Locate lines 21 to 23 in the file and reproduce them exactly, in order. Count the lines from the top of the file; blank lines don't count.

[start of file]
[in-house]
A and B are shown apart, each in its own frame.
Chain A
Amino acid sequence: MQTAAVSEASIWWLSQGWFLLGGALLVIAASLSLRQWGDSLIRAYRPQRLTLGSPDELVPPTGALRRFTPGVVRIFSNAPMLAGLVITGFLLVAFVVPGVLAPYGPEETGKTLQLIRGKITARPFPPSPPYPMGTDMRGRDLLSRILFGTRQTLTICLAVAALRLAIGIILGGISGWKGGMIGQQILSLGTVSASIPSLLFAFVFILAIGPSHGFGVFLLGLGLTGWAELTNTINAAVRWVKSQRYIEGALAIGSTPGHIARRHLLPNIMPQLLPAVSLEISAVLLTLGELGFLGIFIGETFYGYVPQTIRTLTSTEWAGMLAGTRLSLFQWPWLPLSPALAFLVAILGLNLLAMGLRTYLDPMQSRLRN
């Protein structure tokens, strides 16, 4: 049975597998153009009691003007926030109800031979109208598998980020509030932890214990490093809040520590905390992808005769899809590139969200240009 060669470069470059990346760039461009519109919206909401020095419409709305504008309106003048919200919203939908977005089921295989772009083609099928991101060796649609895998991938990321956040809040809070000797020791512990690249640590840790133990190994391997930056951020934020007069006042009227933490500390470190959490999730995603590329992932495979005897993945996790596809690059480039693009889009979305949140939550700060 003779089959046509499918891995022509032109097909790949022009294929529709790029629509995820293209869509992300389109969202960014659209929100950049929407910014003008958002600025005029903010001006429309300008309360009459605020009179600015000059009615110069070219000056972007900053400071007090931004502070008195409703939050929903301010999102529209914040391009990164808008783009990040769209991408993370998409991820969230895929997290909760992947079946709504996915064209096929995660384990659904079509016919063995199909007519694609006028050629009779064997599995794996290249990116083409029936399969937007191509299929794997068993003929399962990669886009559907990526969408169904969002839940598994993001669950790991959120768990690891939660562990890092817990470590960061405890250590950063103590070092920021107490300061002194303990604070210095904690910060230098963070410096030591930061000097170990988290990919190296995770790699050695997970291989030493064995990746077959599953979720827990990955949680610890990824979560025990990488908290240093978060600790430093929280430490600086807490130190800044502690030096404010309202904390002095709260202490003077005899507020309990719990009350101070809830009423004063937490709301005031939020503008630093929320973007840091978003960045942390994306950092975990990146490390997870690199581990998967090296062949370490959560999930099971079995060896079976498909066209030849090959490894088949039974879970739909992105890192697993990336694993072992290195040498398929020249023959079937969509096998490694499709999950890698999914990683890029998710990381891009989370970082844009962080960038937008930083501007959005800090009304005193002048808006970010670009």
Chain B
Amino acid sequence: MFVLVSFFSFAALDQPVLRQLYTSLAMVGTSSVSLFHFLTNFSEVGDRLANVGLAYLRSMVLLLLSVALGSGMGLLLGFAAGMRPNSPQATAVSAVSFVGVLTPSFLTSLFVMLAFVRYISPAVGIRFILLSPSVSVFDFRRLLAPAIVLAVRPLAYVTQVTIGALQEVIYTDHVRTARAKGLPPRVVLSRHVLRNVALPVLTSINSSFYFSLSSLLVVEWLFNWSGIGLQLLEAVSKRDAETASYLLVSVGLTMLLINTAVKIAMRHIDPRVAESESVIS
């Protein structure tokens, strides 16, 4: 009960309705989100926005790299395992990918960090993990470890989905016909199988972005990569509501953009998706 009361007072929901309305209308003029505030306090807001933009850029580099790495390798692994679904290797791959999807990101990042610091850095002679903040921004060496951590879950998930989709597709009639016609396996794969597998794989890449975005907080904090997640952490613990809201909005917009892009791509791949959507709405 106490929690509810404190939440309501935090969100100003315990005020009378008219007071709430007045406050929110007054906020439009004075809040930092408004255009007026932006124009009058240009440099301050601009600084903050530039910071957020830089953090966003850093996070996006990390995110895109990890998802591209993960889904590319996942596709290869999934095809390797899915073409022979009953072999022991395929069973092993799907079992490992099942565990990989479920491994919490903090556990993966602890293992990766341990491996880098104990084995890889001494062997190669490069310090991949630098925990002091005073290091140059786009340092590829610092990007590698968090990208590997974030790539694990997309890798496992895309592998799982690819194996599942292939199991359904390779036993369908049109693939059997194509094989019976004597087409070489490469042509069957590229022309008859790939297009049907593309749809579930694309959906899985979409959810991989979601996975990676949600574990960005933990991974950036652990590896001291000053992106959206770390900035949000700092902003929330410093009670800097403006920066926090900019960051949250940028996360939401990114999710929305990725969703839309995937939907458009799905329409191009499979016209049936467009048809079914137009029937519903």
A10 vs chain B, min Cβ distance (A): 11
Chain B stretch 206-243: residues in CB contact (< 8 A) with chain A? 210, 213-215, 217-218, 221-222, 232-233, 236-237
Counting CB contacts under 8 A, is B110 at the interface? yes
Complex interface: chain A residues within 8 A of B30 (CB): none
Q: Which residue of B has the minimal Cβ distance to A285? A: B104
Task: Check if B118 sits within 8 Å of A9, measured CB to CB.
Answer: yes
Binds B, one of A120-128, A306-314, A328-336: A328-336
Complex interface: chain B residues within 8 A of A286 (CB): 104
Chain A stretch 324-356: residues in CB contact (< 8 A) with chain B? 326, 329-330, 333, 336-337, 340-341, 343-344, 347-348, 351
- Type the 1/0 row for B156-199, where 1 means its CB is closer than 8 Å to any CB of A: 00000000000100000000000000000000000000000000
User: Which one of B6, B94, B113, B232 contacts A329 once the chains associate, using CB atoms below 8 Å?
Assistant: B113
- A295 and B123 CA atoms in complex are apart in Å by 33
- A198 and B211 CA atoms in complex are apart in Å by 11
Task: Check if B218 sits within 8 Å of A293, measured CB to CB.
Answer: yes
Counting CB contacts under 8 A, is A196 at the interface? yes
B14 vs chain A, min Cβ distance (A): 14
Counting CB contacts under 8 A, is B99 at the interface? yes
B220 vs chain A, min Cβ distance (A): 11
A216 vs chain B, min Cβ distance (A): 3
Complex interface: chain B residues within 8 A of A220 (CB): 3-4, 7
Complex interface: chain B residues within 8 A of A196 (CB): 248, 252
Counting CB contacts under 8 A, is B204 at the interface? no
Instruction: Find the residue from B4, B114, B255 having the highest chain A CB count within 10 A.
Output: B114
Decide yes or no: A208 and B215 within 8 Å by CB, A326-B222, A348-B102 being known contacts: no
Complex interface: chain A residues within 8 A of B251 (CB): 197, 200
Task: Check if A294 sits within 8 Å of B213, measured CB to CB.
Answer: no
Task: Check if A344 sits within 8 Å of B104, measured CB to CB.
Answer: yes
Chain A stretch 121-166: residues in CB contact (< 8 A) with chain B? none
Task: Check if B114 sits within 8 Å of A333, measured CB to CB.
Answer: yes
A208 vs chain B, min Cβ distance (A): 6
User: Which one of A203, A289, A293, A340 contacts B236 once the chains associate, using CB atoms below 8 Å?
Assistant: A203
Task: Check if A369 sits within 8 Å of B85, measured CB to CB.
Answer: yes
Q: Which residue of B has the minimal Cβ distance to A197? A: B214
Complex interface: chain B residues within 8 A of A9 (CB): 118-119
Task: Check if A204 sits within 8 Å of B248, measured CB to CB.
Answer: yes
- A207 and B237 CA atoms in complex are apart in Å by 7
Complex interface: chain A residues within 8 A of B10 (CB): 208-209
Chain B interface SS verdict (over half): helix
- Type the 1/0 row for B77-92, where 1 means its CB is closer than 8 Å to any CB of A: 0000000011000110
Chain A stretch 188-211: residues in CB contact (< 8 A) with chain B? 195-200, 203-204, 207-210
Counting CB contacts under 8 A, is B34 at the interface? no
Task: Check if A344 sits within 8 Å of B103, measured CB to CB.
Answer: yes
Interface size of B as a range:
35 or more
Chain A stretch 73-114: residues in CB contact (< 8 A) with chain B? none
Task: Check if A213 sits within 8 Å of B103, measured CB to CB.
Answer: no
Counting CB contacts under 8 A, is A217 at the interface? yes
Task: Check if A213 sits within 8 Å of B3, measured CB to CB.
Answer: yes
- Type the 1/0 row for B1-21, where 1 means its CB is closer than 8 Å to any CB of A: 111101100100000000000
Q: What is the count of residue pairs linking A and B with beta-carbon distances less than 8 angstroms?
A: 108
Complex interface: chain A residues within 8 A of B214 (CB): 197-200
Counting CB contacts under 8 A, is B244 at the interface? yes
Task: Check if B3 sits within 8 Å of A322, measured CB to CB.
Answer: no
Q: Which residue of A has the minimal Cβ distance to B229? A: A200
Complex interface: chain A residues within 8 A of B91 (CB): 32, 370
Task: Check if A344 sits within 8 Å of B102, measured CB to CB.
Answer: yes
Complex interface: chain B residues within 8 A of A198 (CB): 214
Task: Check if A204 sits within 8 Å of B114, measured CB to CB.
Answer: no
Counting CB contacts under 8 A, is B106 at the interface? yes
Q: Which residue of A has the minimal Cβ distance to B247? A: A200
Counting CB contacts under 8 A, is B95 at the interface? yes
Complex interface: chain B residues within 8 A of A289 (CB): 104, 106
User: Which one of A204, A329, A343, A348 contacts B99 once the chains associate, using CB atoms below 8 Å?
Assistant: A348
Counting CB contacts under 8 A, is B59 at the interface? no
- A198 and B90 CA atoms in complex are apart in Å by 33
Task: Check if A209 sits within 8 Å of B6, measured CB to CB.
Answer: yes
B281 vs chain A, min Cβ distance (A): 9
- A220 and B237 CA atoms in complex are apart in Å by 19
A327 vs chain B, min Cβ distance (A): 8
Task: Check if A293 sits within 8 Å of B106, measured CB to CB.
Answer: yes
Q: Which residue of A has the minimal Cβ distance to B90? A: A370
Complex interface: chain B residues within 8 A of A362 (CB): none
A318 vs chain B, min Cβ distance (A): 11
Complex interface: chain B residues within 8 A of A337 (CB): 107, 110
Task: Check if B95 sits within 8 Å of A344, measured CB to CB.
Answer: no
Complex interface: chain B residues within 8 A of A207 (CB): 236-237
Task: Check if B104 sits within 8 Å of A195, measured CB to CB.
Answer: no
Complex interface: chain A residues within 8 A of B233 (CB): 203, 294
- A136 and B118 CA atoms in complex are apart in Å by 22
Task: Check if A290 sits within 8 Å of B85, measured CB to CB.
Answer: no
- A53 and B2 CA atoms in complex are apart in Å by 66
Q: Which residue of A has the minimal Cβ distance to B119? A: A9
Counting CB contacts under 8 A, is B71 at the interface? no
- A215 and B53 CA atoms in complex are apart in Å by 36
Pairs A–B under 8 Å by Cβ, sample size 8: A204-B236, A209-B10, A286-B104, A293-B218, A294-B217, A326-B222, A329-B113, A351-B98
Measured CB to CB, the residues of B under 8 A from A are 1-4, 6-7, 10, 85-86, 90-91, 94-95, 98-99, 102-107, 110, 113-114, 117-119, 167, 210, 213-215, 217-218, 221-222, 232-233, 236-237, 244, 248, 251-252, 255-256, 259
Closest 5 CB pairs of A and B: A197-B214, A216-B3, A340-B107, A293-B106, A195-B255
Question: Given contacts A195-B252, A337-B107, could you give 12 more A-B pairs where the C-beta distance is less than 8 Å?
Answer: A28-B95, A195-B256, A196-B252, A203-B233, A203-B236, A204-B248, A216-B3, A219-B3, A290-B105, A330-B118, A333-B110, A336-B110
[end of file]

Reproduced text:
Assistant: B113
- A295 and B123 CA atoms in complex are apart in Å by 33
- A198 and B211 CA atoms in complex are apart in Å by 11